Olalaye and Procyshen now work together at the U of S on researching “microdosing” usage of fertilizer in West African farming practices. Project supervisor Derek Peak explained that microdosing is the “in-soil application of inorganic fertilizer, either NPK [nitrogen-phosphorus-potassium] or urea, depending upon the crop, after seedling emergence. It can double yields compared to controls, and often provides similar yields to broadcasting twice as much fertilizer.” The project began in 2012, growing vegetables in Nigeria and microdosing in Benin, with an end game of growing more and better food while bolstering food security in West Africa.
For Olalaye, the path to earning his PhD in soil science in Canada was relatively straightforward: born and raised in Nigeria, he enjoyed the hands-on aspects of his father’s work as an agricultural economist. “We [four kids and cousins who visited for months at a time] followed him to the farm, and in the compound we planted beans and corn,” he said. “At secondary school, every student had a farm plot – we planted cassava, maize, and used old tools and our hands, not mechanized machines, but hand hoes and rakes. It was fun for me, and the best part was harvest.”
After time at Nigeria’s Abia State Ministry of Agriculture, Olalaye went to the University of Eastern Finland in his early twenties, where he earned a master’s degree in environmental sciences. He came to Canada to further his research in soil science in PhD studies, drawn by the prairie’s fame as an agricultural region and the chance to use the Canadian Light Source (the synchrotron).
Procyshen took a more circuitous path to his current work on his MSc, where he is exploring how well the microdosing techniques are being implemented by actual African farmers as opposed to researchers, utilizing Olalaye’s soil samples and mechanistic research. He began a Bachelor of Commerce at the University of New Brunswick in 2011, ultimately completing it at the U of S. After an having to stop playing hockey at UNB due to injury, Procyshen decided to go to Zambia after his second year to farm.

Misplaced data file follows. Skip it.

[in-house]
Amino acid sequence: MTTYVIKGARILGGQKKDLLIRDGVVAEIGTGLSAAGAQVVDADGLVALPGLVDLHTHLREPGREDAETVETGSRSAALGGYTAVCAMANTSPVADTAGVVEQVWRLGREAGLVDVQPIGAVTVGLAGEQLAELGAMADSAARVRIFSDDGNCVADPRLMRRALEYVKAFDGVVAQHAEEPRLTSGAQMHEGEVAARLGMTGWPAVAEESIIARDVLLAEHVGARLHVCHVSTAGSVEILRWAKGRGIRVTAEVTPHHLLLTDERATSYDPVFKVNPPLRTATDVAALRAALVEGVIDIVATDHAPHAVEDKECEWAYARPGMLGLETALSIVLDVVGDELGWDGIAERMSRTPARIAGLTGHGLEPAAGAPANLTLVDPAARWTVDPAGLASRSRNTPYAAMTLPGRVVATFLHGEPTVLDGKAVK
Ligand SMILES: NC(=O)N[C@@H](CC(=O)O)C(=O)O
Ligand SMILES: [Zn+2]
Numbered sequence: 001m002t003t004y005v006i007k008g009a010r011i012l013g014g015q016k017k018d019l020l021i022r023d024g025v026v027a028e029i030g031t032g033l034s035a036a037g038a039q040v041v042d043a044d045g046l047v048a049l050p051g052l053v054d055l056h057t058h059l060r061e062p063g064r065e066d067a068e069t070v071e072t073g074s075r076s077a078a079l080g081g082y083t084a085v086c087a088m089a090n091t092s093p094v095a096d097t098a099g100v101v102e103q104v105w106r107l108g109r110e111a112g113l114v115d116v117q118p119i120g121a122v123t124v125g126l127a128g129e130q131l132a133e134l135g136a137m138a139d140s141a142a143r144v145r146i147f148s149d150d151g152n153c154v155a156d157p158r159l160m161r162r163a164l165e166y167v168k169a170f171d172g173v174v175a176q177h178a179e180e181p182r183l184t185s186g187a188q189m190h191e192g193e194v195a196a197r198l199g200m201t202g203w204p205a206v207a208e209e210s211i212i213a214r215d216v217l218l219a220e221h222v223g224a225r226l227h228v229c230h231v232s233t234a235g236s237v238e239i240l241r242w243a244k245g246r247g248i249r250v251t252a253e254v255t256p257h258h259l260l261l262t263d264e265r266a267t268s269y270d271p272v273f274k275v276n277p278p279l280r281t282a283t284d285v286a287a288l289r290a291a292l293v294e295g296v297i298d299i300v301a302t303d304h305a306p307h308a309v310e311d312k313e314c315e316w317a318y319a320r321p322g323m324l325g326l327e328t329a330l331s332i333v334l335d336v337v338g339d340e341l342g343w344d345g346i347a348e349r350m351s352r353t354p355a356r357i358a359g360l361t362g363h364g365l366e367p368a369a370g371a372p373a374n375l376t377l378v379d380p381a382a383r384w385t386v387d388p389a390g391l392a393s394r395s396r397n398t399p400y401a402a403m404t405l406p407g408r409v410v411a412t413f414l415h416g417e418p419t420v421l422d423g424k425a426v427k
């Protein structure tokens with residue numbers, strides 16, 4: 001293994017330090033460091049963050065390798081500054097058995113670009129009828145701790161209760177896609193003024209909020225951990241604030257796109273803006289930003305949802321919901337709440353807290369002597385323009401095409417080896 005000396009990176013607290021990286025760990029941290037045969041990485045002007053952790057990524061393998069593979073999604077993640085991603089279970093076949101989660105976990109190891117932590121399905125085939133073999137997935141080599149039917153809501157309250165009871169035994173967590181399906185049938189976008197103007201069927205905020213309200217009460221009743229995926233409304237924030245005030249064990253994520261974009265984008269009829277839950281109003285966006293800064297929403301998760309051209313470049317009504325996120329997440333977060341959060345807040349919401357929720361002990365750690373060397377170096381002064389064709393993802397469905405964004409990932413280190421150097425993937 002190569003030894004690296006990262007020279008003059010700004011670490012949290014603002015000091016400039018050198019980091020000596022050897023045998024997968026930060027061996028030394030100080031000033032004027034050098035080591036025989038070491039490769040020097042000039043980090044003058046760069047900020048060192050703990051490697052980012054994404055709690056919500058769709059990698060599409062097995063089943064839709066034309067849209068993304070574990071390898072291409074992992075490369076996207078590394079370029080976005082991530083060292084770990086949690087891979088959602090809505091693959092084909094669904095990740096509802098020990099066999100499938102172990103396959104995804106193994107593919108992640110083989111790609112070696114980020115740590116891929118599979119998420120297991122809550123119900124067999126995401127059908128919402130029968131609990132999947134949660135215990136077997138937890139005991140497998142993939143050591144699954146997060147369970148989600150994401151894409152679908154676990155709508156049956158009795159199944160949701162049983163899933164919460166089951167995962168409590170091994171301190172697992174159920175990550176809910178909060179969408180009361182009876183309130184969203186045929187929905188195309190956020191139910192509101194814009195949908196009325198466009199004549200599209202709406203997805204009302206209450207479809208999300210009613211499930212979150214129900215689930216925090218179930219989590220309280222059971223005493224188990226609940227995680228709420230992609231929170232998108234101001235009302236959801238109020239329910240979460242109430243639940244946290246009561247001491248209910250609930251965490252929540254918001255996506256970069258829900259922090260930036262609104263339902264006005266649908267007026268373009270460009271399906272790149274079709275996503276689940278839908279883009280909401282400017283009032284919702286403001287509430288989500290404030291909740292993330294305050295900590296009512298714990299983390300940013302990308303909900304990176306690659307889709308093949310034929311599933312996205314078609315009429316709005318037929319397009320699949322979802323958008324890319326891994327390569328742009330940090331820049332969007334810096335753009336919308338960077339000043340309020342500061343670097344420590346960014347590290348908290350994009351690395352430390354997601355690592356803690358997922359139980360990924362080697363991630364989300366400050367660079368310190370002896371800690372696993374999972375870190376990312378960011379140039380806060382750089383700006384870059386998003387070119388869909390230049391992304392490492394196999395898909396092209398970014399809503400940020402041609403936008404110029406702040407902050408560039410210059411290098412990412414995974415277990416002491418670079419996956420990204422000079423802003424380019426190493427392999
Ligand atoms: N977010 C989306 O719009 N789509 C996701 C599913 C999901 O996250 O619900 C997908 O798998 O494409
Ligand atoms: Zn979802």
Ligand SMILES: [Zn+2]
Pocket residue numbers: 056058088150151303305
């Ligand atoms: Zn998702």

“Farming there was conducted on small plot farms of about an acre, where the farmer would hoe, dig a hole and put in seed, cover it and dig another hole,” he said. “I was interested in why they used such an archaic way of farming and how to improve it to feed those who are struggling to eat. I felt that studying agriculture would be the best route to help. I didn’t see the starvation you see in commercials, but I encountered hungry and malnourished people.”
Procyshen came back to Canada and relocated to Saskatchewan, where he finished his business degree and moved on to agronomy. On seeing a potential link between his commerce degree and seeds in the African soil, he asked, “What is happening in the soil on a fertility basis and what is happening to the farmers’ income?”
On a visit to Africa, relying on students from the Nigerian university campus, Procyshen collected samples from farmers’ fields and interviewed them for income and expense yields. But there were, of course, difficulties, the ultimate difference between lab tests and real on-the-ground tests. For starters, many African farmers don’t keep accurate records, and issues arose in implementing practices set forth in the project due to unforeseen circumstances.
“In one place,” he recounted, “they couldn’t put down poultry dung or cattle manure because it wasn’t decomposed enough and would have burned the plants. Our practice calls for adding organic manure, but in some cases we had to go along with planting without that organic addition. But beyond those difficulties, I saw farmers [in Benin] who are successfully implementing microdosing, and those who were part of the vegetable project [in Nigeria] saw the results of higher yields.”
For his part, Olalaye is utilizing the synchrotron to determine the exact chemical forms of nutrients in African soil samples, using a technique that Peak described as being similar to chemical fingerprinting. The next step is to use advanced molecular techniques to determine what microbes are present, and how they are actively cycling nutrients in the soil.
The sum total of analyzing biological, chemical and statistical data along with the increases in soil productivity will offer a clear picture of the African soil system that grows indigenous vegetables and feeds millions while also providing useful grist for the research mills of Olalaye’s PhD and Procyshen’s master’s degree. No small feat, and perfectly aligned with their big picture interest in allaying hunger.